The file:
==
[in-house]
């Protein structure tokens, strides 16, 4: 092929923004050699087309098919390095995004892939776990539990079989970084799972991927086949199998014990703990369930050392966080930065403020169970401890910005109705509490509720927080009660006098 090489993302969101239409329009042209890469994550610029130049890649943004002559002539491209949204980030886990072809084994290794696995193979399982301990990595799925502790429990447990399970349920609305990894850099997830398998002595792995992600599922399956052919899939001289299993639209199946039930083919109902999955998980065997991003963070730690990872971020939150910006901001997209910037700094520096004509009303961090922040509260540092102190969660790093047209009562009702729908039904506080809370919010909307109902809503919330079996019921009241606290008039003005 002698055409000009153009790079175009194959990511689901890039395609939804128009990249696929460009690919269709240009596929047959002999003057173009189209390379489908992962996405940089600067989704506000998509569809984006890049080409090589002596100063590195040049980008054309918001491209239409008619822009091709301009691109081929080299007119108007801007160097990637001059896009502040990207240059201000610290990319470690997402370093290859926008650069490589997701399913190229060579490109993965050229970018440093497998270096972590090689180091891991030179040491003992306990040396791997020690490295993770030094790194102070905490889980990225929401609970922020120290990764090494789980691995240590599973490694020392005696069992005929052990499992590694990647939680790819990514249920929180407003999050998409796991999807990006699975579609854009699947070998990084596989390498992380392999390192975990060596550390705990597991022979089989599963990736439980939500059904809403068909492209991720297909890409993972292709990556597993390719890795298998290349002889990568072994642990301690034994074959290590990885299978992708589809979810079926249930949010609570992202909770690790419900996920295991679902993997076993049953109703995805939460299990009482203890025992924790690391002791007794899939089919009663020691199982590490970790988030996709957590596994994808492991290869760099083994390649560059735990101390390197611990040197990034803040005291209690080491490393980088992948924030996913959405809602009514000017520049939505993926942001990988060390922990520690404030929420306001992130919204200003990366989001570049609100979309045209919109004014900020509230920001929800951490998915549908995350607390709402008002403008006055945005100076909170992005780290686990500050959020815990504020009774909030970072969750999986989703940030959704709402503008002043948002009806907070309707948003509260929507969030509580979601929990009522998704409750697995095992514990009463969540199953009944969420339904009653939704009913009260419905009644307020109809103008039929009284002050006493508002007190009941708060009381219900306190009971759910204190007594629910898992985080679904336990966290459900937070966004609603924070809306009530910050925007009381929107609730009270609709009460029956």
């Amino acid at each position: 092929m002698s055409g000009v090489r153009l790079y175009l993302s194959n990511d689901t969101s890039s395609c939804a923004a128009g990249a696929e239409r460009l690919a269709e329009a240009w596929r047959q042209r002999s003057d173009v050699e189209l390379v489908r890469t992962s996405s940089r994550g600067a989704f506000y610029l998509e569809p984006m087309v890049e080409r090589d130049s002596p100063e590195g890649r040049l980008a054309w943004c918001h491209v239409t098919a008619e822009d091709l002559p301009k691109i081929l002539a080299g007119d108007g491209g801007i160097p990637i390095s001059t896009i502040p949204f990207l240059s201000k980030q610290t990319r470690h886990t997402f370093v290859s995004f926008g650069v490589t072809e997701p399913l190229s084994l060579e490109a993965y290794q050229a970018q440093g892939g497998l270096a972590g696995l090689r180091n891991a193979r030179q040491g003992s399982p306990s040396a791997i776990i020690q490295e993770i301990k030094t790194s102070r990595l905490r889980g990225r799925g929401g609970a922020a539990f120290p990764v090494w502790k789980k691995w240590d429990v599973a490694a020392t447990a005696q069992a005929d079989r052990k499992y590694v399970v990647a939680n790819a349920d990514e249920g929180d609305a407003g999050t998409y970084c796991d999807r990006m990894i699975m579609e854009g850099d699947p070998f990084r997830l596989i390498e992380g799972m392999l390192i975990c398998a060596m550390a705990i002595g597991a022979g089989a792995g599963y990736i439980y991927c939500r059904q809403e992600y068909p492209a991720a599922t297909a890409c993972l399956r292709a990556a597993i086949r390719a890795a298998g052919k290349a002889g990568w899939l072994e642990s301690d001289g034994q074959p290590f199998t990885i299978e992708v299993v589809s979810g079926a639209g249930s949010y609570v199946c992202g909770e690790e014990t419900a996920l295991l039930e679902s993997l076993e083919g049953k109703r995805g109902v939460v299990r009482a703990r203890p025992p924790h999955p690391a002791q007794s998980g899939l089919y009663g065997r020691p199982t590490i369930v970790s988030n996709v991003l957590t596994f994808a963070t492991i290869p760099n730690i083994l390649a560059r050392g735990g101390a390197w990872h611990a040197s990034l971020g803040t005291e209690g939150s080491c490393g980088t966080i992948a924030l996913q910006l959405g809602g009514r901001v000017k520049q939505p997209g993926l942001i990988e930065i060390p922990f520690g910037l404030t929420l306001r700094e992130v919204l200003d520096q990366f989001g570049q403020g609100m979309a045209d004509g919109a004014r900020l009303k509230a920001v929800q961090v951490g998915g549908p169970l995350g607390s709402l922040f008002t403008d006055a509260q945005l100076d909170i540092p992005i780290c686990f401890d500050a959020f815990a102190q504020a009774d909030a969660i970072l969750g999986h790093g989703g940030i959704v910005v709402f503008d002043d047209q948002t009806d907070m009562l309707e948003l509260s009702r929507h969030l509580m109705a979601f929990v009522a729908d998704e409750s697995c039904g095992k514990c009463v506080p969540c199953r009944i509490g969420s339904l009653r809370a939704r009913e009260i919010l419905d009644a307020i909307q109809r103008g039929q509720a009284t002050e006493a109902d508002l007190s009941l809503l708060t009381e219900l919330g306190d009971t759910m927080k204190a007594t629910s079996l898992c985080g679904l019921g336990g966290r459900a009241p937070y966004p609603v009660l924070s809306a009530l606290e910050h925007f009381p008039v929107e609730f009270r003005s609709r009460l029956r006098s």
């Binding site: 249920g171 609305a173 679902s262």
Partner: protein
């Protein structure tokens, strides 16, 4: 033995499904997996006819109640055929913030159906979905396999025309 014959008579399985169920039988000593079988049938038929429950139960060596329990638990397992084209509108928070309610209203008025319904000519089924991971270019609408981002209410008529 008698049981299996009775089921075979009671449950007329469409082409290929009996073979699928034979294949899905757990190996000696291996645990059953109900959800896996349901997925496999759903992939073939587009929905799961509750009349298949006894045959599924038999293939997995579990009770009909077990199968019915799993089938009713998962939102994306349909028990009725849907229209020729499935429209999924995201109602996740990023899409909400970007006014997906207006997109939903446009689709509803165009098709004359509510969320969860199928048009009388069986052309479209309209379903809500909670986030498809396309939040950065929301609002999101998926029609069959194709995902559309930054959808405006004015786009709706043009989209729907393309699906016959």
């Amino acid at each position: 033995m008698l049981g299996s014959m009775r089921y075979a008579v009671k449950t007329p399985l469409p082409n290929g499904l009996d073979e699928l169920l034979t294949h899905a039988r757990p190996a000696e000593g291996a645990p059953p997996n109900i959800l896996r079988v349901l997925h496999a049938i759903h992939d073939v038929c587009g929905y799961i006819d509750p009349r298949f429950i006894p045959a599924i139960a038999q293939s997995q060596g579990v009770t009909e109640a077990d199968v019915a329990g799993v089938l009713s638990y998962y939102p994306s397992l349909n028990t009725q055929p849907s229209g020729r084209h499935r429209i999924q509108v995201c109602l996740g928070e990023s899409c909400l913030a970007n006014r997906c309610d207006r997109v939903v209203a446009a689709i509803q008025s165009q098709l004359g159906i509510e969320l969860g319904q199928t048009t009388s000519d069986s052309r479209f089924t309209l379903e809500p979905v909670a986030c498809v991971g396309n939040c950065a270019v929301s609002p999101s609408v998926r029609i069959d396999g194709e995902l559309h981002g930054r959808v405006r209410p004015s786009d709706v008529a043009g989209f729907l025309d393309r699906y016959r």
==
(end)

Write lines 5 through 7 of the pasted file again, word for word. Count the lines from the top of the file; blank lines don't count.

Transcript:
Partner: protein
């Protein structure tokens, strides 16, 4: 033995499904997996006819109640055929913030159906979905396999025309 014959008579399985169920039988000593079988049938038929429950139960060596329990638990397992084209509108928070309610209203008025319904000519089924991971270019609408981002209410008529 008698049981299996009775089921075979009671449950007329469409082409290929009996073979699928034979294949899905757990190996000696291996645990059953109900959800896996349901997925496999759903992939073939587009929905799961509750009349298949006894045959599924038999293939997995579990009770009909077990199968019915799993089938009713998962939102994306349909028990009725849907229209020729499935429209999924995201109602996740990023899409909400970007006014997906207006997109939903446009689709509803165009098709004359509510969320969860199928048009009388069986052309479209309209379903809500909670986030498809396309939040950065929301609002999101998926029609069959194709995902559309930054959808405006004015786009709706043009989209729907393309699906016959």
């Amino acid at each position: 033995m008698l049981g299996s014959m009775r089921y075979a008579v009671k449950t007329p399985l469409p082409n290929g499904l009996d073979e699928l169920l034979t294949h899905a039988r757990p190996a000696e000593g291996a645990p059953p997996n109900i959800l896996r079988v349901l997925h496999a049938i759903h992939d073939v038929c587009g929905y799961i006819d509750p009349r298949f429950i006894p045959a599924i139960a038999q293939s997995q060596g579990v009770t009909e109640a077990d199968v019915a329990g799993v089938l009713s638990y998962y939102p994306s397992l349909n028990t009725q055929p849907s229209g020729r084209h499935r429209i999924q509108v995201c109602l996740g928070e990023s899409c909400l913030a970007n006014r997906c309610d207006r997109v939903v209203a446009a689709i509803q008025s165009q098709l004359g159906i509510e969320l969860g319904q199928t048009t009388s000519d069986s052309r479209f089924t309209l379903e809500p979905v909670a986030c498809v991971g396309n939040c950065a270019v929301s609002p999101s609408v998926r029609i069959d396999g194709e995902l559309h981002g930054r959808v405006r209410p004015s786009d709706v008529a043009g989209f729907l025309d393309r699906y016959r």